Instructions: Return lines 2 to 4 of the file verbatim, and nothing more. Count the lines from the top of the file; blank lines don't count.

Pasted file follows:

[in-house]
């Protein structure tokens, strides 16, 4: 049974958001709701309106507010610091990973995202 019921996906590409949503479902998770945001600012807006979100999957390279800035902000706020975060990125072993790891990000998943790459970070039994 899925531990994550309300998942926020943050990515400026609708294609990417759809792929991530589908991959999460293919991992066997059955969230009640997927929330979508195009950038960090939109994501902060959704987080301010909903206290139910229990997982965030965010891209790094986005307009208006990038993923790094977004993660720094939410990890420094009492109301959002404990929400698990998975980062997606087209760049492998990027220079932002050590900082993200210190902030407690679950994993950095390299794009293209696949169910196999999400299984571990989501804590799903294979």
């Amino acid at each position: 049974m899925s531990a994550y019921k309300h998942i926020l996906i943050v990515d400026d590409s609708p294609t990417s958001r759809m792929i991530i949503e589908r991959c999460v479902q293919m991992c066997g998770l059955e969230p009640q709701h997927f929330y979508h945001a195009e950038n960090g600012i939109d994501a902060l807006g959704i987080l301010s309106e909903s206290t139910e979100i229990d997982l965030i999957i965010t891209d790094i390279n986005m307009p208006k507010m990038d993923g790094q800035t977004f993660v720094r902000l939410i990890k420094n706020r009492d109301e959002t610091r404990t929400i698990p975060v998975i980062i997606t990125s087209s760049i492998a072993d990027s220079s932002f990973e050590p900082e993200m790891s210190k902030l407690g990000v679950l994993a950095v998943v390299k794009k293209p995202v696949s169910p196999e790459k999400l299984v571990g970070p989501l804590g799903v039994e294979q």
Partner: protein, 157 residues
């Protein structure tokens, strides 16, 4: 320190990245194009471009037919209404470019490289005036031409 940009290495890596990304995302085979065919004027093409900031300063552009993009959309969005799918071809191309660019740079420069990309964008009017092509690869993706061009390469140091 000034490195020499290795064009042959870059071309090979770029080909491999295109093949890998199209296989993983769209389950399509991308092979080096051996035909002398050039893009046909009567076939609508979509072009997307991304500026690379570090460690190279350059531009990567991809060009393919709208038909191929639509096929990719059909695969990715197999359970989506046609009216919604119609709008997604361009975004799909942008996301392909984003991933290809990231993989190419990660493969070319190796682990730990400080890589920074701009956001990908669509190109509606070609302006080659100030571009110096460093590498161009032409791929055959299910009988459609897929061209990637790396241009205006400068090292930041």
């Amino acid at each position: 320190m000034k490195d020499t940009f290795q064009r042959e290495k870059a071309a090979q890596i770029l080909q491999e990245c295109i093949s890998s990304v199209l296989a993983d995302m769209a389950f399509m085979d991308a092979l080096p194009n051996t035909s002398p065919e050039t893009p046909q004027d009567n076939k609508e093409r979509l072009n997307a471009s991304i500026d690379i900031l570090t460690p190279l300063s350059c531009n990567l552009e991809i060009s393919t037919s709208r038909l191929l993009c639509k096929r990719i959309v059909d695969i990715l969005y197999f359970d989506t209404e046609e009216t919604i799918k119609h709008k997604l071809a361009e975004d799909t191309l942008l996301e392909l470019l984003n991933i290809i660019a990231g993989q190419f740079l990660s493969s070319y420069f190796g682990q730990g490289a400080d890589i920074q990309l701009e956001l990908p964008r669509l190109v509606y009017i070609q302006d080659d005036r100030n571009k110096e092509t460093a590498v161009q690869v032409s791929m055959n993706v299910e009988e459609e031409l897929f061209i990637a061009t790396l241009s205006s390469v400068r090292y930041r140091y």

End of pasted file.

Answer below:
């Protein structure tokens, strides 16, 4: 049974958001709701309106507010610091990973995202 019921996906590409949503479902998770945001600012807006979100999957390279800035902000706020975060990125072993790891990000998943790459970070039994 899925531990994550309300998942926020943050990515400026609708294609990417759809792929991530589908991959999460293919991992066997059955969230009640997927929330979508195009950038960090939109994501902060959704987080301010909903206290139910229990997982965030965010891209790094986005307009208006990038993923790094977004993660720094939410990890420094009492109301959002404990929400698990998975980062997606087209760049492998990027220079932002050590900082993200210190902030407690679950994993950095390299794009293209696949169910196999999400299984571990989501804590799903294979």
């Amino acid at each position: 049974m899925s531990a994550y019921k309300h998942i926020l996906i943050v990515d400026d590409s609708p294609t990417s958001r759809m792929i991530i949503e589908r991959c999460v479902q293919m991992c066997g998770l059955e969230p009640q709701h997927f929330y979508h945001a195009e950038n960090g600012i939109d994501a902060l807006g959704i987080l301010s309106e909903s206290t139910e979100i229990d997982l965030i999957i965010t891209d790094i390279n986005m307009p208006k507010m990038d993923g790094q800035t977004f993660v720094r902000l939410i990890k420094n706020r009492d109301e959002t610091r404990t929400i698990p975060v998975i980062i997606t990125s087209s760049i492998a072993d990027s220079s932002f990973e050590p900082e993200m790891s210190k902030l407690g990000v679950l994993a950095v998943v390299k794009k293209p995202v696949s169910p196999e790459k999400l299984v571990g970070p989501l804590g799903v039994e294979q």
Partner: protein, 157 residues